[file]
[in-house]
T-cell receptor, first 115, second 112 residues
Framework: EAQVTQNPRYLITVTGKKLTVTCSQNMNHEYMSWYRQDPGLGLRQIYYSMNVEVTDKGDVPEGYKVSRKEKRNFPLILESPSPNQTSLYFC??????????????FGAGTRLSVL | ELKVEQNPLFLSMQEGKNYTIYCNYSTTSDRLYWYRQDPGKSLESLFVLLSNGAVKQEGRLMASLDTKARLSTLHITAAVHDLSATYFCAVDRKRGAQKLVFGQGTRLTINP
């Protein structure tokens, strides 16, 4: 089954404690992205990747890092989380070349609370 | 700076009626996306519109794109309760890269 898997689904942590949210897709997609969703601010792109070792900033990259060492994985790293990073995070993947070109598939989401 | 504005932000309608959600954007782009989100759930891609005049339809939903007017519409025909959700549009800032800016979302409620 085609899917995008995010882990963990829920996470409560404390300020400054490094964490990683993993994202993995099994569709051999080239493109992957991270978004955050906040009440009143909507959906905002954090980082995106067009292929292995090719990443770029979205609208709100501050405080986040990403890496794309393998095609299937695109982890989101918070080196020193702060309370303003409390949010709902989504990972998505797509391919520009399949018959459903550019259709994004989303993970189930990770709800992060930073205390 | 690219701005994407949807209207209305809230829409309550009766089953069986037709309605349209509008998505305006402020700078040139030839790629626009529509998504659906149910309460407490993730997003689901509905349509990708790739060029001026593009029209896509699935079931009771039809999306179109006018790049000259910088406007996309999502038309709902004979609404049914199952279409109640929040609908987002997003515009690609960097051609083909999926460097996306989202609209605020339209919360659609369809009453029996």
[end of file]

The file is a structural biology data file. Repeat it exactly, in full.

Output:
[in-house]
T-cell receptor, first 115, second 112 residues
Framework: EAQVTQNPRYLITVTGKKLTVTCSQNMNHEYMSWYRQDPGLGLRQIYYSMNVEVTDKGDVPEGYKVSRKEKRNFPLILESPSPNQTSLYFC??????????????FGAGTRLSVL | ELKVEQNPLFLSMQEGKNYTIYCNYSTTSDRLYWYRQDPGKSLESLFVLLSNGAVKQEGRLMASLDTKARLSTLHITAAVHDLSATYFCAVDRKRGAQKLVFGQGTRLTINP
């Protein structure tokens, strides 16, 4: 089954404690992205990747890092989380070349609370 | 700076009626996306519109794109309760890269 898997689904942590949210897709997609969703601010792109070792900033990259060492994985790293990073995070993947070109598939989401 | 504005932000309608959600954007782009989100759930891609005049339809939903007017519409025909959700549009800032800016979302409620 085609899917995008995010882990963990829920996470409560404390300020400054490094964490990683993993994202993995099994569709051999080239493109992957991270978004955050906040009440009143909507959906905002954090980082995106067009292929292995090719990443770029979205609208709100501050405080986040990403890496794309393998095609299937695109982890989101918070080196020193702060309370303003409390949010709902989504990972998505797509391919520009399949018959459903550019259709994004989303993970189930990770709800992060930073205390 | 690219701005994407949807209207209305809230829409309550009766089953069986037709309605349209509008998505305006402020700078040139030839790629626009529509998504659906149910309460407490993730997003689901509905349509990708790739060029001026593009029209896509699935079931009771039809999306179109006018790049000259910088406007996309999502038309709902004979609404049914199952279409109640929040609908987002997003515009690609960097051609083909999926460097996306989202609209605020339209919360659609369809009453029996």